US authorities detain Libyan suspect in Lockerbie bombing – Day 24
Libby, suspected of making the bomb used to blow up an American airliner over Lockerbie in December 1988, killing 270 people, is in US custody, according to what was officially announced on Sunday.
Two years ago, the United States indicted Abu Agheila Mohamed Massoud in connection with the Lockerbie case, and he had previously been held in Libya for alleged involvement in the 1986 Berlin nightclub attack.
And the US Justice Department confirmed in a statement that Massoud was in the custody of US authorities following the announcement by Scottish prosecutors, without explaining how it happened.
A US Justice Department spokesman said he expected Massoud to appear in federal court in the US capital at a specific time, without giving details.
The New York Times reported that the Federal Bureau of Investigation (FBI) arrested Massoud as he was on his way to be handed over to the United States by Governor M.
So far, only one defendant has been tried in the case of the bombing of Pan American Flight 103 between London and New York on 21 December 1988, which remains the deadliest attack on British soil.
The attack killed 259 people on board, including 190 Americans, as well as 11 people on the ground.
Former Libyan intelligence officer Abdel Basset al-Megrahi spent seven years in a Scottish prison after being convicted in 2001 and died in Libya in 2012. Megrahi has long maintained his innocence.
The Scottish Public Prosecutor’s Office said “the families of the victims of the Lockerbie attack have been informed that the suspect, Abu Agheila Muhammad Massoud, is being held by the US authorities” and expressed its intention to “continue the investigation to bring those involved with al-Megrahi to justice.”
The families thanked the American and British intelligence officers.
“Our loved ones will never be forgotten and those responsible for their death on December 21, 1988 must be brought to justice,” she said in a statement.
Scottish officials did not provide any information about the date of the arrest of Massoud, whose fate was linked to the conflicting parties in Libyan politics.
And last month, the BBC reported that he was kidnapped by a Libyan armed group after being arrested in connection with a terrorist attack in Berlin that killed two US soldiers and a Turkish citizen.
Massoud was known as a bomb maker for Muammar Gaddafi’s regime. According to US charges, he assembled and programmed the bomb that brought down the Pan American plane.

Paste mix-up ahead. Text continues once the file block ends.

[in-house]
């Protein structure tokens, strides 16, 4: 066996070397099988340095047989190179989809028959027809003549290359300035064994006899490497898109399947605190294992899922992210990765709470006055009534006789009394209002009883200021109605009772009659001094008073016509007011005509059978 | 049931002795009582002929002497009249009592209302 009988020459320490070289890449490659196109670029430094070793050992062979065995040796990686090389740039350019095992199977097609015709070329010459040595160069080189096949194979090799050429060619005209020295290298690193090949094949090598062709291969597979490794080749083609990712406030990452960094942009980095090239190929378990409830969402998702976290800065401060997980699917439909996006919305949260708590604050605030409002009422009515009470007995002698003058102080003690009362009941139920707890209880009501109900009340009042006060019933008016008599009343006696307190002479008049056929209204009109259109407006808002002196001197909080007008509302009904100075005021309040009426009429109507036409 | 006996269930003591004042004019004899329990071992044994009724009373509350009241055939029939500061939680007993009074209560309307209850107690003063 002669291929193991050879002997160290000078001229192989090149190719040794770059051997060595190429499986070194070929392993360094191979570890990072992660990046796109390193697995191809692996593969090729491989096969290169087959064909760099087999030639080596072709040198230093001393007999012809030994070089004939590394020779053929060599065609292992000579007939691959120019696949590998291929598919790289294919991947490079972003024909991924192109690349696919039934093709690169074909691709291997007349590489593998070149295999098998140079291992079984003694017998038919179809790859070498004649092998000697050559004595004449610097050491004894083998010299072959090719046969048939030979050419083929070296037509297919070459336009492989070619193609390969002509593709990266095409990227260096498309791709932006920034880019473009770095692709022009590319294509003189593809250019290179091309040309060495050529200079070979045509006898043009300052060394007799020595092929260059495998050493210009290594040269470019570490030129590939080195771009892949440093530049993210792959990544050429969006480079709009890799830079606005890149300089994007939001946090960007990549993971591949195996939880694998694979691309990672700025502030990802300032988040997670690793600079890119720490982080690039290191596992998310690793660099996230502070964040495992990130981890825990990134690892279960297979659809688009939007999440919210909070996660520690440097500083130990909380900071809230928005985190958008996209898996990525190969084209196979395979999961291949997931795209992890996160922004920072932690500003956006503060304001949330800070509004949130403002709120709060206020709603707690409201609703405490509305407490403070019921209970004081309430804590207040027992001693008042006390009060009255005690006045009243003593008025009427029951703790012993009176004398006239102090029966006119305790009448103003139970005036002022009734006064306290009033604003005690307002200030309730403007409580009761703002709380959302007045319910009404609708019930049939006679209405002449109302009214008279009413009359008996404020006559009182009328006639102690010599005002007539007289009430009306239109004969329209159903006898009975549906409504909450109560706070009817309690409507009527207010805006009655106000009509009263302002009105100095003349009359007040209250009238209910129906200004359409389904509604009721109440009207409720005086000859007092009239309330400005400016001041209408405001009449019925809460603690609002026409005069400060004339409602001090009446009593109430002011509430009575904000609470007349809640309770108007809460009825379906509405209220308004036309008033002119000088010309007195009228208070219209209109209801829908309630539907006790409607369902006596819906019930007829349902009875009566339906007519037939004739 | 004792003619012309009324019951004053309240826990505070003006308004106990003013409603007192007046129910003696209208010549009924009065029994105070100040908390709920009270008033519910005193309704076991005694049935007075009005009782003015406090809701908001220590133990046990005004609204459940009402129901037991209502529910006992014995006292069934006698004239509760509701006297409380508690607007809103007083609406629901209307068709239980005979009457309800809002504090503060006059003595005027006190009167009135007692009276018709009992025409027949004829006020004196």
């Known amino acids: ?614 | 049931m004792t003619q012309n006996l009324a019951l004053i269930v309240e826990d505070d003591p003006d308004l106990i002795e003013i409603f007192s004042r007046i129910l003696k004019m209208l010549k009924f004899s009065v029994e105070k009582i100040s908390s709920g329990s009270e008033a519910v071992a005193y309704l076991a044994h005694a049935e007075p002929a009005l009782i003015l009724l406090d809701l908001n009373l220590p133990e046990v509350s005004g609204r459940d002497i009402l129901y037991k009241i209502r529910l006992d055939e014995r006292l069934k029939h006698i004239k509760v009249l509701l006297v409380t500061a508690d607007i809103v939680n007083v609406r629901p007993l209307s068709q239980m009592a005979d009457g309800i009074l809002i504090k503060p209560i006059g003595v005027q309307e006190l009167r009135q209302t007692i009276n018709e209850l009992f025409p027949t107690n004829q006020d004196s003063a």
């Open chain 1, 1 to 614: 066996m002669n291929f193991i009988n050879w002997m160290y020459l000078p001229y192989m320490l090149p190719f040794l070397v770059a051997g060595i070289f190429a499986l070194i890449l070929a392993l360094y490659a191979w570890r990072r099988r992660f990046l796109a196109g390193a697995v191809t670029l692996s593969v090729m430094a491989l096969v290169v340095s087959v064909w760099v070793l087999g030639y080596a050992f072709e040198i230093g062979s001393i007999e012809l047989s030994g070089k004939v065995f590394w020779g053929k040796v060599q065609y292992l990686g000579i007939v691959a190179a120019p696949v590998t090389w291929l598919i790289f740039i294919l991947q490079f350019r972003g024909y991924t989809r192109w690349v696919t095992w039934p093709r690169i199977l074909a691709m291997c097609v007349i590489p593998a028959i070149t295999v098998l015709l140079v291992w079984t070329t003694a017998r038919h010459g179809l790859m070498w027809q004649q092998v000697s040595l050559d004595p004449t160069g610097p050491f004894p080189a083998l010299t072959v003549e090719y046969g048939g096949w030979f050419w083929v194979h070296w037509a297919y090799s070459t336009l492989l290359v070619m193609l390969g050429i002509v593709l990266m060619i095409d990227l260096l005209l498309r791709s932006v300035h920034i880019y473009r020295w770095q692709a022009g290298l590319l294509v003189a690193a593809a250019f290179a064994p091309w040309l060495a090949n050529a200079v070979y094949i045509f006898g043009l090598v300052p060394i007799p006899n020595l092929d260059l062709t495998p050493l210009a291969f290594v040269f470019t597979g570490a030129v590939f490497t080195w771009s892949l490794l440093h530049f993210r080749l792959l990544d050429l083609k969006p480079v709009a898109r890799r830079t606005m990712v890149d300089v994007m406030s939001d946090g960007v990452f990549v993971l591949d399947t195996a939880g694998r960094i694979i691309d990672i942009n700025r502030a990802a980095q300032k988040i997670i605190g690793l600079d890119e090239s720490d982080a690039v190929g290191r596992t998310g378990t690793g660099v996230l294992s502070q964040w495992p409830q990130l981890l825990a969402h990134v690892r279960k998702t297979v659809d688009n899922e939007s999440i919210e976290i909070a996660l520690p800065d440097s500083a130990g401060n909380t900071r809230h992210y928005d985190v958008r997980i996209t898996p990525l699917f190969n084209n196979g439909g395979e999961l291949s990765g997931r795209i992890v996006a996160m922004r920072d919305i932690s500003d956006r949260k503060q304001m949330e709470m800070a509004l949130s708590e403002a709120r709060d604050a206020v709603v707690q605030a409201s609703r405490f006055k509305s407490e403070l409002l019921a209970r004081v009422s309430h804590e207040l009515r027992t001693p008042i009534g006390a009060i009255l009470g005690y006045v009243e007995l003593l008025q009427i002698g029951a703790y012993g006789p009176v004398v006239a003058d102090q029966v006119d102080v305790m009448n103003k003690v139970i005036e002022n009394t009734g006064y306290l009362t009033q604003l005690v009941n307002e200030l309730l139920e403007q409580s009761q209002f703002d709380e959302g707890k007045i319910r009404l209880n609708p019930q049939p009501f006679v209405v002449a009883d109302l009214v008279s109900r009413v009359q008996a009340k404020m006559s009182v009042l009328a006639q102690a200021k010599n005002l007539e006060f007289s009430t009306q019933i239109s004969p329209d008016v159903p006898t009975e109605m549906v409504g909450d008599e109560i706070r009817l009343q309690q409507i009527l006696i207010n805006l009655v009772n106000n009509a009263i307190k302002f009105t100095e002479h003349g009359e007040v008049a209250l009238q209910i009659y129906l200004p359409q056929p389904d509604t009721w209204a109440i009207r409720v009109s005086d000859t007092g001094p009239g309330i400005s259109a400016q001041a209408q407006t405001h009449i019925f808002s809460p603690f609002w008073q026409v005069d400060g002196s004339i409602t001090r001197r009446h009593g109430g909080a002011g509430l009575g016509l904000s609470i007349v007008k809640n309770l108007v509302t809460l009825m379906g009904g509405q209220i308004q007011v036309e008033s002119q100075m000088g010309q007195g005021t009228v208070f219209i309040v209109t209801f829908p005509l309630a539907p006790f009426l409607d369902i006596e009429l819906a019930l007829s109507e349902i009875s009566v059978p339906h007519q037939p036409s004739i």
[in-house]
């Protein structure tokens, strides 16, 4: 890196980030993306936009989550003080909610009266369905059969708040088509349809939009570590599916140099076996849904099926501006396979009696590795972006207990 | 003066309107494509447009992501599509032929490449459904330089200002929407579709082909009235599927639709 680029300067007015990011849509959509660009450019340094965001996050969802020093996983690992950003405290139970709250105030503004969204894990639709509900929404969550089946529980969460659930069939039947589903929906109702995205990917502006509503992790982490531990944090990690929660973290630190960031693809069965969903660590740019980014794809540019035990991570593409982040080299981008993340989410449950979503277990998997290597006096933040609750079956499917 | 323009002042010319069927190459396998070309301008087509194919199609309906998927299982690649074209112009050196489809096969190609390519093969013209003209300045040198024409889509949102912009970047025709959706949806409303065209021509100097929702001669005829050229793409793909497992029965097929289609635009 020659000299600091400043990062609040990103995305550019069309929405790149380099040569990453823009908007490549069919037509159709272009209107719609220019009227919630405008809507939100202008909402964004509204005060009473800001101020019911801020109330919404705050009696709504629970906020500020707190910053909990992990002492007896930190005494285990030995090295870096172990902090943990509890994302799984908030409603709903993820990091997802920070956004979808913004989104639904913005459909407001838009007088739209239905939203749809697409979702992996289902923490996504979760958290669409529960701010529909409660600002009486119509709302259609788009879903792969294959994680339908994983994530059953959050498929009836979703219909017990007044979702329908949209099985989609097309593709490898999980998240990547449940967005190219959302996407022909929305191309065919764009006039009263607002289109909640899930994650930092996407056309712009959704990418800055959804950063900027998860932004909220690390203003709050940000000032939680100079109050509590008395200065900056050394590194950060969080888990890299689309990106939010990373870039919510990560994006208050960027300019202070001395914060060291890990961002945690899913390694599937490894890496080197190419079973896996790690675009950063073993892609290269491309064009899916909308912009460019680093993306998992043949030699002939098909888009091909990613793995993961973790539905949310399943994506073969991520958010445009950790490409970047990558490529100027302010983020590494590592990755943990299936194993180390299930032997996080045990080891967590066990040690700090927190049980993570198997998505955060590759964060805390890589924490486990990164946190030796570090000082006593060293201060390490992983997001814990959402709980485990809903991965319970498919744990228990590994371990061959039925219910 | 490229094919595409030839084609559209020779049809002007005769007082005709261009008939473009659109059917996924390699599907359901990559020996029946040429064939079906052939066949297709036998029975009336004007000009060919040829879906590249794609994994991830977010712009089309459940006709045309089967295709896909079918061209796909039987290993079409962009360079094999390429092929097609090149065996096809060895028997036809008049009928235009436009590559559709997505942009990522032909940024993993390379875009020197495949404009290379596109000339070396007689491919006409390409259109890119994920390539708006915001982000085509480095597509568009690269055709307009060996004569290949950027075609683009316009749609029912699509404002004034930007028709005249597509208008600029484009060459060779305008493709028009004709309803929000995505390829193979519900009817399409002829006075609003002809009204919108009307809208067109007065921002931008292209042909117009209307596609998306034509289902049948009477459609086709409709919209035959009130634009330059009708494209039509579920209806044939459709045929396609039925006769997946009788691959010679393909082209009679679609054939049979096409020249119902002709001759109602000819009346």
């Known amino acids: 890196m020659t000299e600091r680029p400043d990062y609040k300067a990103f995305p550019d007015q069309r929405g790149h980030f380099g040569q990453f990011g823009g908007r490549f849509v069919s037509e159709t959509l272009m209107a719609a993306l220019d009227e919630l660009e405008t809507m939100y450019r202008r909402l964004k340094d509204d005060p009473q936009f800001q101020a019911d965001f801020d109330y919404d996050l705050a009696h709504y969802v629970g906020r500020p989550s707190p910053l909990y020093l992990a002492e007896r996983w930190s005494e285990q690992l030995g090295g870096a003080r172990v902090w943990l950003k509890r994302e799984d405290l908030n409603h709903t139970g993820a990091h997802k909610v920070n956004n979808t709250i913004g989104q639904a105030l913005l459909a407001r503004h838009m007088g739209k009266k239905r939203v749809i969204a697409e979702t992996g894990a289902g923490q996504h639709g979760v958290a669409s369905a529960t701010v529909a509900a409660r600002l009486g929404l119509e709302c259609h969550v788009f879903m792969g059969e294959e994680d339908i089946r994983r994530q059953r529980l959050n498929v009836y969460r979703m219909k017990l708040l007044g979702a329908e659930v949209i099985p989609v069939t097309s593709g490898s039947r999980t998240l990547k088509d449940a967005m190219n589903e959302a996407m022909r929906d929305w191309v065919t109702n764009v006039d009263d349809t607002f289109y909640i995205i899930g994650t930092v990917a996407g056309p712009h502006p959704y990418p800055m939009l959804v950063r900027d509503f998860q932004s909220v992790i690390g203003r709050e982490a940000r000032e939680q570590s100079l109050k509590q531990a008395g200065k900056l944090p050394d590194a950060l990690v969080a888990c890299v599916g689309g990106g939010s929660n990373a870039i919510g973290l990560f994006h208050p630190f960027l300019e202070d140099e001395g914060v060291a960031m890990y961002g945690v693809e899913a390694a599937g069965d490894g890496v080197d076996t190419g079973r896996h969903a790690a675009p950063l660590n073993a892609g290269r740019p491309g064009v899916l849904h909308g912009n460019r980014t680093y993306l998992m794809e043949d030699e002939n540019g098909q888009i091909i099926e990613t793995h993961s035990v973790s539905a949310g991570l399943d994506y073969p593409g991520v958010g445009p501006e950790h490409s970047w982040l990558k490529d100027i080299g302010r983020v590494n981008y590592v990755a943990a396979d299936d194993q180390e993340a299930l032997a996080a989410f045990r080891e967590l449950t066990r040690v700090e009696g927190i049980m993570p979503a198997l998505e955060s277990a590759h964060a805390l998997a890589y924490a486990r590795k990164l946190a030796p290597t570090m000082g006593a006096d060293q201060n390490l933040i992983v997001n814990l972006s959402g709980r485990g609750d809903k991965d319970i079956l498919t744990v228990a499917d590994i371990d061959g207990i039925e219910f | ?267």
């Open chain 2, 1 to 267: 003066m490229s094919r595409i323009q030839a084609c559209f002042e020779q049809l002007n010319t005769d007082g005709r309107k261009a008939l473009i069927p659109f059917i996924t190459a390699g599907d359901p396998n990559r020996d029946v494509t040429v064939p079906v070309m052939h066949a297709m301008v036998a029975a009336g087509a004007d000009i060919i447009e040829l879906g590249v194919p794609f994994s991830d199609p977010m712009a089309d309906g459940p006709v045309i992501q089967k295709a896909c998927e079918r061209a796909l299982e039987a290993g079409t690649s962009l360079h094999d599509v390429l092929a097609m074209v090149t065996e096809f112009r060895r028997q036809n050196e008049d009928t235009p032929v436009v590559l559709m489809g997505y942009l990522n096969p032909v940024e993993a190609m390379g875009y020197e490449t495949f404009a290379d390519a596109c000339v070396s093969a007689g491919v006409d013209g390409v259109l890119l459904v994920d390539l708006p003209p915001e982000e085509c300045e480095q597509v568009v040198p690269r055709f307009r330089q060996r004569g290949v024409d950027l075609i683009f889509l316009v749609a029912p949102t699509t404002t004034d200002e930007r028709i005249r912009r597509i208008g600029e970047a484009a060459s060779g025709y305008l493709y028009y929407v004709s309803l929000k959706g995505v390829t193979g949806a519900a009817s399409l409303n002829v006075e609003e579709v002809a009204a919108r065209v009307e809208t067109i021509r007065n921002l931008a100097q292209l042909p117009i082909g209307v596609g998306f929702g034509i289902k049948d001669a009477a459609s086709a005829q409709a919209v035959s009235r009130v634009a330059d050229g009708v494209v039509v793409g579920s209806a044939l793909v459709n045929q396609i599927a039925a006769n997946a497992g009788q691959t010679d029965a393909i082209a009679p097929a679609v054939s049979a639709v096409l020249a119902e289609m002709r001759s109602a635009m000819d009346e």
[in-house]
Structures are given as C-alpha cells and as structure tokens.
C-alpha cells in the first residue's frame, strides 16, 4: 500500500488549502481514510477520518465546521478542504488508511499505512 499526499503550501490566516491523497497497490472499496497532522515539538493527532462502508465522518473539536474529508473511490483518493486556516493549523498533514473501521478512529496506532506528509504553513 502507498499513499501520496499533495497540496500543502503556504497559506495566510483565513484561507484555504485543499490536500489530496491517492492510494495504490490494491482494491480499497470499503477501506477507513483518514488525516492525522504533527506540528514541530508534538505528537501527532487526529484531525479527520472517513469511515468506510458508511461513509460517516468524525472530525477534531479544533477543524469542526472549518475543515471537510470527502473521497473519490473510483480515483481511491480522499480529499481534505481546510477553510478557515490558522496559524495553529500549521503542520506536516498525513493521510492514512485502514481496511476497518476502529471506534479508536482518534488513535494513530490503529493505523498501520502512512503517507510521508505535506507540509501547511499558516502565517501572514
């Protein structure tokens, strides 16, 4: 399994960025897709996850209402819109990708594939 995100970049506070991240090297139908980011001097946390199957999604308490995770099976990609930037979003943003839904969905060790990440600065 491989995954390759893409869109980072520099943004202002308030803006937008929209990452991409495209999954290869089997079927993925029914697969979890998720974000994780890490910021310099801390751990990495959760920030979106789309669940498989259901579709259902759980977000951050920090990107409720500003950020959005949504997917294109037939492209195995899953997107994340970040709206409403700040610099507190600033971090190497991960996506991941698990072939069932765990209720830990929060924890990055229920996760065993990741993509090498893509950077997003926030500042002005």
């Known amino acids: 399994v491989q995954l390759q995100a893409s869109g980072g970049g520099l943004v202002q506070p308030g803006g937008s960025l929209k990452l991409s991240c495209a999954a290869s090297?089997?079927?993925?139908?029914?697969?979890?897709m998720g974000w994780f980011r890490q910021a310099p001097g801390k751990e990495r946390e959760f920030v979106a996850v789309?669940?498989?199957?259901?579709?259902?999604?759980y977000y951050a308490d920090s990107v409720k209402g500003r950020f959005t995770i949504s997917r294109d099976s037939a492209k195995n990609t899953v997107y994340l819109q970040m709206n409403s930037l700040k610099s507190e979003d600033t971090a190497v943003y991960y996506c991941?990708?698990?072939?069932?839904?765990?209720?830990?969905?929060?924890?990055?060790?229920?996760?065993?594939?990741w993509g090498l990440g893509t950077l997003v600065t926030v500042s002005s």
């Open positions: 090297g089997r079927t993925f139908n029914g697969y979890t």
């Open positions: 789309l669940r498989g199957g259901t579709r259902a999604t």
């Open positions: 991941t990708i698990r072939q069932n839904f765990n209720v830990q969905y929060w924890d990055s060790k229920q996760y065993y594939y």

The investigation into the case was reopened in 2016 when it became known to the US judicial authorities that Massoud had been arrested after the fall of the Gaddafi regime and that in 2012 he allegedly confessed to intelligence of the new Libyan regime.
But Libya’s responsibility in the Lockerbie case has long been questioned by some.
The family is demanding that British authorities declassify documents alleging that Iran used a Palestinian group based in Syria to manufacture the bomb that brought down the plane.
The authors of this novel believe that the Lockerbie bombing occurred in response to the downing of an Iranian passenger plane by a US Navy missile in July 1988, which killed 290 people.
But the regime of late Libyan President Muammar Gaddafi has officially acknowledged responsibility for the 2003 Lockerbie bombing and has paid $2.7 billion in compensation to the families of the victims.
The Lockerbie attack is the second largest terrorist attack against Americans (190 dead) after the September 11, 2001 attacks.
After the news of Massoud’s detention by the US authorities, Al-Megrahi’s son’s lawyer issued a statement in which they once again try to cast doubt on Libya’s responsibility in the Lockerbie case.
Lawyer Amer Anwar said in a statement that the US indictment mentions, for example, that Massoud bought clothes to fill a suitcase containing the bomb that brought down the plane.
However, the owner of a shop in Malta that sells these clothes confirmed that it was Megrahi who bought them, and this information played a decisive role in the case against him.
“How then can both Megrahi and Massoud be held accountable?” the lawyer wrote.